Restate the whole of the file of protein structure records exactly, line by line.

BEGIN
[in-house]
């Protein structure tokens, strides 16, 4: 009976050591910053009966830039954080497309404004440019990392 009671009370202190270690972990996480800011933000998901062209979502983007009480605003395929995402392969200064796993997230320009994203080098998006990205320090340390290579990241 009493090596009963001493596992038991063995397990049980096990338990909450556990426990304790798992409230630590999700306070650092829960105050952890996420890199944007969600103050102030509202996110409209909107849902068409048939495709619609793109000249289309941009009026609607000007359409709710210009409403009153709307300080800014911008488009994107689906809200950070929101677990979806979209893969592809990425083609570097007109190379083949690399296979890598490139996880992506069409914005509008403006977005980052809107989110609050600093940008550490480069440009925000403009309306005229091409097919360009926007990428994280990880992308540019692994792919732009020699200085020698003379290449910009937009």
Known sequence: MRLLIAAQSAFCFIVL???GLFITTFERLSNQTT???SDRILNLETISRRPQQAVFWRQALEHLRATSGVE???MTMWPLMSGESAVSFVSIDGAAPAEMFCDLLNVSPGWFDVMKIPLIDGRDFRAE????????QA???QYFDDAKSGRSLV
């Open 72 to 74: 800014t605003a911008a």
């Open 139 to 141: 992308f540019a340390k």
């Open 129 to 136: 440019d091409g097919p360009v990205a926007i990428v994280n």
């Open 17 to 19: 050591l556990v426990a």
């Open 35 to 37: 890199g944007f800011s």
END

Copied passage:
[in-house]
């Protein structure tokens, strides 16, 4: 009976050591910053009966830039954080497309404004440019990392 009671009370202190270690972990996480800011933000998901062209979502983007009480605003395929995402392969200064796993997230320009994203080098998006990205320090340390290579990241 009493090596009963001493596992038991063995397990049980096990338990909450556990426990304790798992409230630590999700306070650092829960105050952890996420890199944007969600103050102030509202996110409209909107849902068409048939495709619609793109000249289309941009009026609607000007359409709710210009409403009153709307300080800014911008488009994107689906809200950070929101677990979806979209893969592809990425083609570097007109190379083949690399296979890598490139996880992506069409914005509008403006977005980052809107989110609050600093940008550490480069440009925000403009309306005229091409097919360009926007990428994280990880992308540019692994792919732009020699200085020698003379290449910009937009």
Known sequence: MRLLIAAQSAFCFIVL???GLFITTFERLSNQTT???SDRILNLETISRRPQQAVFWRQALEHLRATSGVE???MTMWPLMSGESAVSFVSIDGAAPAEMFCDLLNVSPGWFDVMKIPLIDGRDFRAE????????QA???QYFDDAKSGRSLV
């Open 72 to 74: 800014t605003a911008a």
């Open 139 to 141: 992308f540019a340390k």
């Open 129 to 136: 440019d091409g097919p360009v990205a926007i990428v994280n």
């Open 17 to 19: 050591l556990v426990a």
């Open 35 to 37: 890199g944007f800011s």